It has been 11 years since Rahul Dravid spent a summer in Kent playing county cricket but fans here still talk of the senior Indian batsman as one of their own and a benchmark for consummate professionalism.
Dravid's figures - 1221 runs from 16 matches at 55.50 with two centuries - aren't too phenomenal.
But those few months are still spoken of with awe and admiration for the much-liked batsman. It is still impossible to initiate a discussion on Dravid the person, before locals have spoken about his cricket and cricketing manners.
Martin McCague, the fast bowler of the club who played Tests for England in the 90s, is absolutely beholden to the Indian star.
"Everyone talks about how he stamped his authority against Shane Warne at Portsmouth that season when the Wizard of Oz tried everything to plot his downfall. Dravid had a 70-odd in the first innings and absolutely brilliant century in the second."
"Then there was that innings against Andy Caddick on a diabolical pitch where the ball was spitting fire. He made 90 but it was a sensational knock."
"Dravid tended to keep low on the ball and since he also tried to play with soft hands, it was inevitable he was rapped and hit quite often on his fingers," remembers McCague.
Outside cricket, Dravid did everything which a professional is expected to do in county circuit.
"I remember he always made himself available for team meal dinners. He could have excused himself at times if he wanted to but he never did so," adds McCague. Bipin Patel is a local cameraman who followed Dravid closely that summer.
Over a period of time, it became more than an acquaintance between the two and Patel once called him over for dinner at his place in Maidstone, a neighbouringÂ town to Canterbury.
"I offered to pick him up but he insisted he would come over by himself. He wasn't behind the appointed hour. Rahul was still a bachelor those days and I remember his parents later came over to look after their boy in England," said Patel.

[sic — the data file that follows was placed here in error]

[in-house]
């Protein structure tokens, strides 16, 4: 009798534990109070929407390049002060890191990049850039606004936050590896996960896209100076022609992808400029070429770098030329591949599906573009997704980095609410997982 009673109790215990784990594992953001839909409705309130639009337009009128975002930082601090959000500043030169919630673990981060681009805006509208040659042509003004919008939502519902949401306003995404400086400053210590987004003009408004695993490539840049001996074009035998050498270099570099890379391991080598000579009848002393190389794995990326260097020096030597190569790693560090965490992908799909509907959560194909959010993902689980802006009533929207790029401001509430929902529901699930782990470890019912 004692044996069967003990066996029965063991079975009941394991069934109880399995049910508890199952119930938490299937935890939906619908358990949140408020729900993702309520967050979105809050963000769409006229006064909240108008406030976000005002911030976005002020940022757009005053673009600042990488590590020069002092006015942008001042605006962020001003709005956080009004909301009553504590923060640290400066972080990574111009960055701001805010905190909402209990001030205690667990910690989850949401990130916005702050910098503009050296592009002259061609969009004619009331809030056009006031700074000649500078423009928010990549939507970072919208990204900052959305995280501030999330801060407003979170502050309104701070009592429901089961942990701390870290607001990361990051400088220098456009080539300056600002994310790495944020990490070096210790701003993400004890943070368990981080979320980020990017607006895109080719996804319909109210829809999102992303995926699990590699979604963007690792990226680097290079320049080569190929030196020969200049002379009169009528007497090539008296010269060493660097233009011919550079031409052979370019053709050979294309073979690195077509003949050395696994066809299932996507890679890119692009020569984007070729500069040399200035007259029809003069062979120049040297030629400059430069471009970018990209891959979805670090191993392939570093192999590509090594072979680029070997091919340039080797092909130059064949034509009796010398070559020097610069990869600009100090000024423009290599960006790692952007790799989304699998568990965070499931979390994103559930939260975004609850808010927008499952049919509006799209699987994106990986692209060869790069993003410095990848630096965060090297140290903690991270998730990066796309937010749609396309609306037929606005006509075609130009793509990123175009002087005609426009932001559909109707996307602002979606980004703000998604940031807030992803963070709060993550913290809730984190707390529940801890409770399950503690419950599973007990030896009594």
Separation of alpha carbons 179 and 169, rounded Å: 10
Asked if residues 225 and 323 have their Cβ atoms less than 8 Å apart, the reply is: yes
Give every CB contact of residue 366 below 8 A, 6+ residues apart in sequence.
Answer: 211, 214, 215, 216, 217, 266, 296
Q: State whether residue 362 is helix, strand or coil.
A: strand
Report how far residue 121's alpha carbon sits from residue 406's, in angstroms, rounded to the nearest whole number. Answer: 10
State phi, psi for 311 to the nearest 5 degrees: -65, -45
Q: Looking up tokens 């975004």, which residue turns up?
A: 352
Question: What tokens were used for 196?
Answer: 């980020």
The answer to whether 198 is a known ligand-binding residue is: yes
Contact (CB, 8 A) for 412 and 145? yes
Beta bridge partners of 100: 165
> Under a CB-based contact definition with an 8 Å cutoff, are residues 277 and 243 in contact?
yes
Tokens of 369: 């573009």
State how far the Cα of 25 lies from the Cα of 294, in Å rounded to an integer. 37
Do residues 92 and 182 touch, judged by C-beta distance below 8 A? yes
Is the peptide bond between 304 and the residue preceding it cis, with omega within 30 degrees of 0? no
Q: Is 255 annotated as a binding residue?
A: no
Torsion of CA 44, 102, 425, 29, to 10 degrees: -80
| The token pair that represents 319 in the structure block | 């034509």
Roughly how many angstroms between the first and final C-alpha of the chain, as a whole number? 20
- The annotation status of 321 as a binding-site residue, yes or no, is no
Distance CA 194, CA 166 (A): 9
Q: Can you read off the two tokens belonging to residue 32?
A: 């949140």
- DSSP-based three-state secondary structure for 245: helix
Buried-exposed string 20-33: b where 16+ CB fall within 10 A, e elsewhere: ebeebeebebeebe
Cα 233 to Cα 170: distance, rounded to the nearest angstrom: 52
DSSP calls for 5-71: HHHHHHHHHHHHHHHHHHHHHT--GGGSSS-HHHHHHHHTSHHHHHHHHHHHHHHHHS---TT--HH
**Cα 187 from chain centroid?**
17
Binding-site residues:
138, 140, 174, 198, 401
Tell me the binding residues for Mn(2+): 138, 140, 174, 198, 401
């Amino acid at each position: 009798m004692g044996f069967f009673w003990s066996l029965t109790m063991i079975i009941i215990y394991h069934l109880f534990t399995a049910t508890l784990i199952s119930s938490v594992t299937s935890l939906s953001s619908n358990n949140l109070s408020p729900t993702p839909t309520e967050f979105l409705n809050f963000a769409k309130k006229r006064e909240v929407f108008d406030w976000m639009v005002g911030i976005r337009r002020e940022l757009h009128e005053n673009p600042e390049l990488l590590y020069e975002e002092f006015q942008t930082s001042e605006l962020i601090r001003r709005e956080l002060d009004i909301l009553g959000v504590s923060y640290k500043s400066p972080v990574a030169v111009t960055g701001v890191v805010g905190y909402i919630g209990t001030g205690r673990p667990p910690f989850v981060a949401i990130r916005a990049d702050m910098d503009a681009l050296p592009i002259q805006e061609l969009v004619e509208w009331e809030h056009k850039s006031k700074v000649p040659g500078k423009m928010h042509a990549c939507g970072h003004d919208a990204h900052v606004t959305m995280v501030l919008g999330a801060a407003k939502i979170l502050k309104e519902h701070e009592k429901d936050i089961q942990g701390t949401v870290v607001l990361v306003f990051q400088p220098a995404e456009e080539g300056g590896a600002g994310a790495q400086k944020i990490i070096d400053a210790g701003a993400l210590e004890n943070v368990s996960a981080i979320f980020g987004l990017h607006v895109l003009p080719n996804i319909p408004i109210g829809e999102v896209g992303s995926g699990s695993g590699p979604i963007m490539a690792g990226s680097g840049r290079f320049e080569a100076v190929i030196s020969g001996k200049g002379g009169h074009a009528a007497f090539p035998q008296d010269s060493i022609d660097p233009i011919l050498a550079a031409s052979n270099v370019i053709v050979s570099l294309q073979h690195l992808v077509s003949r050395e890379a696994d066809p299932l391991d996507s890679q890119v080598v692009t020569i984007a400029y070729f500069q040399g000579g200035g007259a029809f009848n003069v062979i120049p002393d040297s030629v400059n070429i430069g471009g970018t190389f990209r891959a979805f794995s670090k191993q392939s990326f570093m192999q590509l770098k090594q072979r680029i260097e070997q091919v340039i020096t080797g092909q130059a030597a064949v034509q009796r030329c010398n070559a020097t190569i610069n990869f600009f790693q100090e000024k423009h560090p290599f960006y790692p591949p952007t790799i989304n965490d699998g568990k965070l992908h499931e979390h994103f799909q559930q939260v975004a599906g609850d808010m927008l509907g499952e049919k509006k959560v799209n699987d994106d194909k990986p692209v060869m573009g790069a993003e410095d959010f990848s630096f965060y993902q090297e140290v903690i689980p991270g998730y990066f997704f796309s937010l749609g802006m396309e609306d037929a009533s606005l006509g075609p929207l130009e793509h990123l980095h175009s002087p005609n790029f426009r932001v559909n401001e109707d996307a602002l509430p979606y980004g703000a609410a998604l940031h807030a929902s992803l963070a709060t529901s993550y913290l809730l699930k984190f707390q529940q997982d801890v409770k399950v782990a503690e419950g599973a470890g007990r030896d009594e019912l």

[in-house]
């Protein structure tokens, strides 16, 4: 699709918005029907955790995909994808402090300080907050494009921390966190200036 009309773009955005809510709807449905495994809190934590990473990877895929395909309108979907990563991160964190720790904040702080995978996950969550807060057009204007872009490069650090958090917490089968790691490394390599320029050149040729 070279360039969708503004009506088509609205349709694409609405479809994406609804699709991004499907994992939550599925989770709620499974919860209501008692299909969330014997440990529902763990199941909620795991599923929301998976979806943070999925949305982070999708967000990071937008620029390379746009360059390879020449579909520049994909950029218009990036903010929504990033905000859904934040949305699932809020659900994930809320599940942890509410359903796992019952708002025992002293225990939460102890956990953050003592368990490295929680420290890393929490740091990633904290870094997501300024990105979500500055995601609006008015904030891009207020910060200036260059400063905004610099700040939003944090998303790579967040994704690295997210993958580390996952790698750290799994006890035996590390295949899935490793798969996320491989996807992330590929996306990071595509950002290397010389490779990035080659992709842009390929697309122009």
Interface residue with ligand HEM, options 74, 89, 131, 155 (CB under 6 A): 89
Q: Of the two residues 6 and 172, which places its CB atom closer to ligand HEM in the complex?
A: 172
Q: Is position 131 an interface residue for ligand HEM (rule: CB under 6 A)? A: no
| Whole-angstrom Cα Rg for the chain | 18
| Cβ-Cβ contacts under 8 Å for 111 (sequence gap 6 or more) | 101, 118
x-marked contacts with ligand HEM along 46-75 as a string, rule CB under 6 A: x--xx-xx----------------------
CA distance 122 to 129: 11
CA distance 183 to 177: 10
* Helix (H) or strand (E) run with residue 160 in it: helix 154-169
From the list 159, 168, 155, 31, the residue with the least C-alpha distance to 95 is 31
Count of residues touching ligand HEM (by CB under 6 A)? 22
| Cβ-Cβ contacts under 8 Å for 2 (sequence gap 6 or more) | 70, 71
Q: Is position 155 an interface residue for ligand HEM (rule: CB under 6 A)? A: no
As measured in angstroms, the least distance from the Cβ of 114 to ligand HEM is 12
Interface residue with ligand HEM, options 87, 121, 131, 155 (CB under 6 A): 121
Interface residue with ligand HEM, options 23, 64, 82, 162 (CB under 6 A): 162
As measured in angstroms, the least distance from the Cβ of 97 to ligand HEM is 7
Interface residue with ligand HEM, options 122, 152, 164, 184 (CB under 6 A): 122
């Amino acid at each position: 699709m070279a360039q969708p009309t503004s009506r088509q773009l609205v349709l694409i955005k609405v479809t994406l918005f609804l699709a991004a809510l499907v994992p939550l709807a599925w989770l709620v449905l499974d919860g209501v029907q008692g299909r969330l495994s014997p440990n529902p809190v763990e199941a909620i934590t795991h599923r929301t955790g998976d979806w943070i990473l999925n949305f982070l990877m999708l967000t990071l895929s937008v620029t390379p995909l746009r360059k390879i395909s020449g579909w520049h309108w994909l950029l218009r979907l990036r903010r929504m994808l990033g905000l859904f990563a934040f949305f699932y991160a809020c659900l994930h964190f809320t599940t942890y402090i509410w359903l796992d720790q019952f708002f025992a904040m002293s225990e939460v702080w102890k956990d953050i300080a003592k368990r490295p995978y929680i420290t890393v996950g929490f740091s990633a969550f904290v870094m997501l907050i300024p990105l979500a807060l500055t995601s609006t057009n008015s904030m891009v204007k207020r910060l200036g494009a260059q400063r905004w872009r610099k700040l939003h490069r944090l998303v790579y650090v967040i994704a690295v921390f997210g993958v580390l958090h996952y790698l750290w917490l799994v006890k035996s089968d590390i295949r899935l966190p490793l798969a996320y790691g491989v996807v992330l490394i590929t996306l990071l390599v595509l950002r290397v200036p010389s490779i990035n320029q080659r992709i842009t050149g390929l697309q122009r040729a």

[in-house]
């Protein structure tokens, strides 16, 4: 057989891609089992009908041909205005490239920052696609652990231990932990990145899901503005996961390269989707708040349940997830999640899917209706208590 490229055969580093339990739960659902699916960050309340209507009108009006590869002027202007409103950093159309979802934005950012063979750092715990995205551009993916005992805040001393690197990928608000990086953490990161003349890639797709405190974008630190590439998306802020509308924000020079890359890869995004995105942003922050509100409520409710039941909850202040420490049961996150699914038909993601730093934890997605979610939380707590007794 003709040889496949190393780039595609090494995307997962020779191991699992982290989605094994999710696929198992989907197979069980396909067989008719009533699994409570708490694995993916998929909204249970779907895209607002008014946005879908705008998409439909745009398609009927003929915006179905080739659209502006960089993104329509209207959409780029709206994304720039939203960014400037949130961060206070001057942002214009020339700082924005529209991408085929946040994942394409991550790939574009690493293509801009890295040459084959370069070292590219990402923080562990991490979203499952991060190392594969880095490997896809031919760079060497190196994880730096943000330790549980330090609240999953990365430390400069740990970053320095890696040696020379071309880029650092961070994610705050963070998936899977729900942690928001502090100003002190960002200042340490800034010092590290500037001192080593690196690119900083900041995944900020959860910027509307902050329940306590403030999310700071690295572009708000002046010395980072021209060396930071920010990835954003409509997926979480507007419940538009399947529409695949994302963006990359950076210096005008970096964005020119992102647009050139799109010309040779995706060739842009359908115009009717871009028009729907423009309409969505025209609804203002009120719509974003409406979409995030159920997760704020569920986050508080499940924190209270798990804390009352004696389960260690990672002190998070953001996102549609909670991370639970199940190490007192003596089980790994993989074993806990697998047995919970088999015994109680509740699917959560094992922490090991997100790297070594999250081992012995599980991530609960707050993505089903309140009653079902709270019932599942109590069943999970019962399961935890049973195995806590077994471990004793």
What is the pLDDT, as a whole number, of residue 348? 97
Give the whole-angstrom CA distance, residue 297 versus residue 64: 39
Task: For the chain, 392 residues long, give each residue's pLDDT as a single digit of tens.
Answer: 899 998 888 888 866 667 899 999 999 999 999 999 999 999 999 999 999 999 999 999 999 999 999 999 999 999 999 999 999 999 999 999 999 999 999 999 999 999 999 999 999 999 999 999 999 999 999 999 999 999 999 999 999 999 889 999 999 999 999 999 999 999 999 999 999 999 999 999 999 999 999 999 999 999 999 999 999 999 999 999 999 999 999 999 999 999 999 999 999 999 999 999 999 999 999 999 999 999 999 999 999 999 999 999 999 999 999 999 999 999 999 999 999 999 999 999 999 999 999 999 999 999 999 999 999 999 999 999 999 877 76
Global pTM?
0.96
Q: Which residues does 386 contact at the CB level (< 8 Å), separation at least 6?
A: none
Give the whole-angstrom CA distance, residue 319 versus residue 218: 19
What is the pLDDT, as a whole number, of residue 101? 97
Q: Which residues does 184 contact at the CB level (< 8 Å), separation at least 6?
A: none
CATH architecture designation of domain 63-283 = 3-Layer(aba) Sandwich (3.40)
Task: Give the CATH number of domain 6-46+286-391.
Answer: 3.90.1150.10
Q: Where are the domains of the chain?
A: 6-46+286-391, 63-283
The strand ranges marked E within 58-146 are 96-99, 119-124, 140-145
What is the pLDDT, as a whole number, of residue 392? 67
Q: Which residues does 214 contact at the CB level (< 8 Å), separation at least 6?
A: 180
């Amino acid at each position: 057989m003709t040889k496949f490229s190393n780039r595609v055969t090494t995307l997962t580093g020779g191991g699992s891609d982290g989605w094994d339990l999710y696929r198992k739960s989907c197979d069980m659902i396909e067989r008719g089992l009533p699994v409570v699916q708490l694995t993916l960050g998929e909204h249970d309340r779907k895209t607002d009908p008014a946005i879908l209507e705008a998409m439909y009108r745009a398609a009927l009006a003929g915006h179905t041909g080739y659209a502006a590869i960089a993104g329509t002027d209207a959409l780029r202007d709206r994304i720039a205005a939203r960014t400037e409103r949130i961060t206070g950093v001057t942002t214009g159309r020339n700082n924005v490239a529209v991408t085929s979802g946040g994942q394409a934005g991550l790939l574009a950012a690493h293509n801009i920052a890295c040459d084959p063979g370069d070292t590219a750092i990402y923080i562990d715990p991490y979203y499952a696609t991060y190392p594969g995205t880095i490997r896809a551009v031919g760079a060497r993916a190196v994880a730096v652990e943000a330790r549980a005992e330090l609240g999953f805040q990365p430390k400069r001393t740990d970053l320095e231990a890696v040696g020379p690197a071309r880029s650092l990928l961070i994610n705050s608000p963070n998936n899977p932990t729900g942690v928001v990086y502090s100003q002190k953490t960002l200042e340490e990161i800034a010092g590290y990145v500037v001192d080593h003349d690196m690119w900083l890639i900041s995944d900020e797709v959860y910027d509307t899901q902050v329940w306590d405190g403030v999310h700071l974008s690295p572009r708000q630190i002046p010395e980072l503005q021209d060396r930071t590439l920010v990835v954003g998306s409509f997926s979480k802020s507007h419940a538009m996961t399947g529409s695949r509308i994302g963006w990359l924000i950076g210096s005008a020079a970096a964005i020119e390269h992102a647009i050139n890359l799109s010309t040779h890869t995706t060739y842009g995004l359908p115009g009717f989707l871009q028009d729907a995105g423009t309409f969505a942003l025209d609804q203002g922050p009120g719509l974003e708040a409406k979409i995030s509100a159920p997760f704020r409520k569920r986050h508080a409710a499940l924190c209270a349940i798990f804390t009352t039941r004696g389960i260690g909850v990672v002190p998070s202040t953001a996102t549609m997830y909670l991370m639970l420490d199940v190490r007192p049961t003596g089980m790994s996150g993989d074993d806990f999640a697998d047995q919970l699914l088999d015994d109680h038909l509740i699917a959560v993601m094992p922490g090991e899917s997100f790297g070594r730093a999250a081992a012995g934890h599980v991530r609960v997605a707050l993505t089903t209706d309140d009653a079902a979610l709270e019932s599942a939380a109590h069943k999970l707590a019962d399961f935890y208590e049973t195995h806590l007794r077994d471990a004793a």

Patel remembers Dravid as a person who liked dressing casually yet impeccably at all times.
"He preferred check shirts over others those days," adds Patel.
McCague also finds one of his stand-out memories about Dravid as someone with not a hair out of place at all times.
"You wouldn't find him in shorts or such things. His cricketing gear were immaculate. His cricketing attire was always pristine white."
Patel's two daughters, Riti and Himaya, are now budding cricketers but were teenagers when Dravid dropped by their place for dinner.
"I remember his thumb was broken those days. He was very pleasant and never spoke like a star. Even in private, family settings there was no mention of his favourite actors or movies," said Riti.
"I recall him mentioning that he missed home-cooked food a lot," avers Himaya.
Dravid, over the years, has developed a habit to read a lot but McCague doesn't recall him with books a lot those days.
"He liked sitting by the window and looking outside in the dressing room. He always seemed to be thinking one thing or the other."
Graham Cowdrey, son of the legendary Colin, played 179 first class games but had retired by the time Dravid came over to Kent. The two became close friends.
McCague also remembers Dravid as someone who was intense but never too preoccupied.
"He always had time for others. If youngsters came over, Rahul was willing to speak to them, share his experiences and offer advice if required. He never kept himself aloof or showed any chip on his shoulder. Alongwith Aravinda de Silva, Rahul was easily the two most popular cricketing imports of the last generation to Kent."
The affection for Dravid was visible at St. Lawrence ground where he was honoured and felicitated on the pitch during Indians vs Kent match on Friday by the county officials as one of their own lads who now straddles the stage of international cricket like a giant.
Now a veteran of 157 Tests, game's fourth biggest century maker, the second highest scorer ever in Test cricket, Dravid seems in as prime a force now as he was a decade ago.